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NOAA image of snow depth across the USA as of Jan. 24, 2005, based on preliminary figures.Jan 27, 2005 ó Snow continued to fall on Cape Cod in Massachusetts on Thursday as the second storm to hit New England in one week began to depart. In its wake, up to ten inches of snow had fallen as of Thursday morning, according to the NOAA National Weather Service, and the additional accumulation set new monthly records in two locations. (Click NOAA image for larger view of snow depth across the USA as of Jan. 24, 2005, based on preliminary figures. Click here for latest snow depth reports. Please credit “NOAA.”)

With 43.1 inches of snow so far, this is the snowiest January and the snowiest month in Boston since records began in 1872. The previous snowiest January was in 1996 with 39.8 inches, and the previous snowiest month was February 2003 with 41.6 inches—that month is remembered for the President's Day snowstorm, which was Boston's single snowiest storm with 27.5 inches on February 17-18.

This is also the snowiest January on record for Worcester, Mass., with 51.1 inches through Thursday morning. Previously, January 1987 held the top position with 46.8 inches. This is the second snowiest month overall, surpassed only by February 1893 with 55.0 inches. Records in Worcester date back to 1892.

In Rhode Island, Providence continues to recover from what has been the city's second snowiest January and second snowiest month on record. Wednesday's 2.2 inches of snow was not enough to bring this month's total above the existing record (for both snowiest January and snowiest month) of 37.4 inches set in January 1996. Still, the 36.7 inches that have accumulated from New Year's Day through Wednesday far exceeds the average snowfall of 9.0 inches for the same period.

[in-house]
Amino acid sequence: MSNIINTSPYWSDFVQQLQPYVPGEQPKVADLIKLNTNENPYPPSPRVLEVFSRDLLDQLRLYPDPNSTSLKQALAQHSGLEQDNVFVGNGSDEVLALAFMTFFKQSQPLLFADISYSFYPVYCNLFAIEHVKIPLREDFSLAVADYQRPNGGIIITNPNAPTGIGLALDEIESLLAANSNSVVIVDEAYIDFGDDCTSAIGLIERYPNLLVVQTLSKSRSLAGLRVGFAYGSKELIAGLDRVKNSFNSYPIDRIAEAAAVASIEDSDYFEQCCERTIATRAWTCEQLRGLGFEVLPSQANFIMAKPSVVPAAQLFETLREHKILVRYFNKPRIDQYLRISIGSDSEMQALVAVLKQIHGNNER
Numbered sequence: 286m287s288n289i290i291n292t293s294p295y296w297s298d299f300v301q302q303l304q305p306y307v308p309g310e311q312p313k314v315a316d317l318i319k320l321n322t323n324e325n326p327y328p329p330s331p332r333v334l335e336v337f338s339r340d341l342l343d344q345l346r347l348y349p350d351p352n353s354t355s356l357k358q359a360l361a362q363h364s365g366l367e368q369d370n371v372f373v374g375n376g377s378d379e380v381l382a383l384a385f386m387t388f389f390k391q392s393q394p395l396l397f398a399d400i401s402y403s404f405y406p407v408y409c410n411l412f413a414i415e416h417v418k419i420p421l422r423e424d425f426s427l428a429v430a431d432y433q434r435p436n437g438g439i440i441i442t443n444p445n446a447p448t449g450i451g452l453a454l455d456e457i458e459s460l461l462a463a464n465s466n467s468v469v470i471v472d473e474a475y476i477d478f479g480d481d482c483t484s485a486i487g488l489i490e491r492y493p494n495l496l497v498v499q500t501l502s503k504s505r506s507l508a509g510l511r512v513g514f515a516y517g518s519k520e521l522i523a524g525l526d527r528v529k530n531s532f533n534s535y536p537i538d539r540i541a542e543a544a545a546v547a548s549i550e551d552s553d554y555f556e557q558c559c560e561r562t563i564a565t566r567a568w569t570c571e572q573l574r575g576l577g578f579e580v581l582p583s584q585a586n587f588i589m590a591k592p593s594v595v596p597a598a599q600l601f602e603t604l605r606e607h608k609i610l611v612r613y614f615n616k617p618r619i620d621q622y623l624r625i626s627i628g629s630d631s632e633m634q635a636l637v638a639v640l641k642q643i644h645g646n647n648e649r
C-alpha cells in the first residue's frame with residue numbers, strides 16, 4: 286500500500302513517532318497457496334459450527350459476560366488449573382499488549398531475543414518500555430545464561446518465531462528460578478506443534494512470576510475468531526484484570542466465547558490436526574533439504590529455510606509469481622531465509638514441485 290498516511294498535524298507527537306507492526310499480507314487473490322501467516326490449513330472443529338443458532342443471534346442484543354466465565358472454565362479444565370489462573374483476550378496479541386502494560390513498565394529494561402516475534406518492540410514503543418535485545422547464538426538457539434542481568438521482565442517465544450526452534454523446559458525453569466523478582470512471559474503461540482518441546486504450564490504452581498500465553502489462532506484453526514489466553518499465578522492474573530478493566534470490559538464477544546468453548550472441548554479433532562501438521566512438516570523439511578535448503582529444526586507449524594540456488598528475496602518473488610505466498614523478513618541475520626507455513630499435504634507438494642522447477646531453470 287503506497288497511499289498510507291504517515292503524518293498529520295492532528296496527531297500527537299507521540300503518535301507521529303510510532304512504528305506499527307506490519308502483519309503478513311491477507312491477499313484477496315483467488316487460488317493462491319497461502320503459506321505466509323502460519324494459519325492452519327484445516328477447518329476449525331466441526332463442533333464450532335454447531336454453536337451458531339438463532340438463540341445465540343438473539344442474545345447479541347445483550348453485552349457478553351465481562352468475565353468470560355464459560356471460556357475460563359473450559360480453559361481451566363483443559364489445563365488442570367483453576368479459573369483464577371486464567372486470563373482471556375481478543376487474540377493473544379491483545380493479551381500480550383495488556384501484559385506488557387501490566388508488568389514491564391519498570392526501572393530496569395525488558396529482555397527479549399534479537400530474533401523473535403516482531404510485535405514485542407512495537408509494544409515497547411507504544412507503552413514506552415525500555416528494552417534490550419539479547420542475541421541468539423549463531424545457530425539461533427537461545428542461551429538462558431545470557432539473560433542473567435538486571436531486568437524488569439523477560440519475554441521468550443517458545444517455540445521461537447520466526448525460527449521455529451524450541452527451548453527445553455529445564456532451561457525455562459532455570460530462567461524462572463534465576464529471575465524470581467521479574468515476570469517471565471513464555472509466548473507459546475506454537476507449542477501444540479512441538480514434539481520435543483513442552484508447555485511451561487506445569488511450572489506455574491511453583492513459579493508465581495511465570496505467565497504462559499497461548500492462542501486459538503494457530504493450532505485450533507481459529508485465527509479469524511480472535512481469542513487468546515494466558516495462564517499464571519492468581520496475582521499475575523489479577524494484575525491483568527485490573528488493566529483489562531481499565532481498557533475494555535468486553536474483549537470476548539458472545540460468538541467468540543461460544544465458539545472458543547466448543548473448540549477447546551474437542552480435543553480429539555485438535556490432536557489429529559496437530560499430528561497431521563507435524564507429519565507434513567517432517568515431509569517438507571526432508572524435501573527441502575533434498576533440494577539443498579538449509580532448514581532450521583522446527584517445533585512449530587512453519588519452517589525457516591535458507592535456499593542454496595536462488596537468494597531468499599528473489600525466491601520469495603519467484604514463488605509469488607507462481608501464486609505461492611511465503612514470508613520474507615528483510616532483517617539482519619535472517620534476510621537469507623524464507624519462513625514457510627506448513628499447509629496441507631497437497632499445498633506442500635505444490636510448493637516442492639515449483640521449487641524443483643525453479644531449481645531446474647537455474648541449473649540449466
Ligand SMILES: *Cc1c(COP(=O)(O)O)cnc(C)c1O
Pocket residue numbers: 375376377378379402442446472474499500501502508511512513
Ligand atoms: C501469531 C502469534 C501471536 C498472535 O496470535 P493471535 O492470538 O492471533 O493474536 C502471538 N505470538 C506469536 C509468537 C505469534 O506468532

Under clear skies, temperatures will remain bitterly cold in southern New England on Thursday and Friday, before a warming trend over the weekend could drive thermometers above the freezing mark.

NOAA is dedicated to enhancing economic security and national safety through the prediction and research of weather and climate-related events and providing environmental stewardship of the nationís coastal and marine resources. NOAA is part of the U.S. Department of Commerce.

Relevant Web Sites
Today's National Weather

NOAA National Winter Weather Forecasts

NOAA Weather Service

NOAA Operational Daily Snow Cover Analysis (Satellite Imagery)

NOAA Snow Water Equivalent

NOAA U.S. Snow Monitoring

NOAA National Climatic Data Center (Archived Weather Data)

NOAA Weather Service Suite of Official Weather Products

NOAA Winter Weather Safety/Wind Chill

NOAA Storm Watch

Media Contacts:
Chris Vaccaro, NOAA National Weather Service, (301) 713-0622 ext. 134
National Media: Carmeyia Gillis, NOAA Climate Prediction Center, (301) 763-8000 ext. 7163
NOAA Weather Service Eastern Region: Marcie Katcher, (631) 244-0149
NOAA Weather Service Southern Region: Ron Trumbla, (817) 978-1111 ext. 140
NOAA Weather Service Central Region: Pat Slattery, (816) 891-7734 ext. 621
NOAA Weather Service Western Region: Greg Romano, (301) 713-0622 ext. 169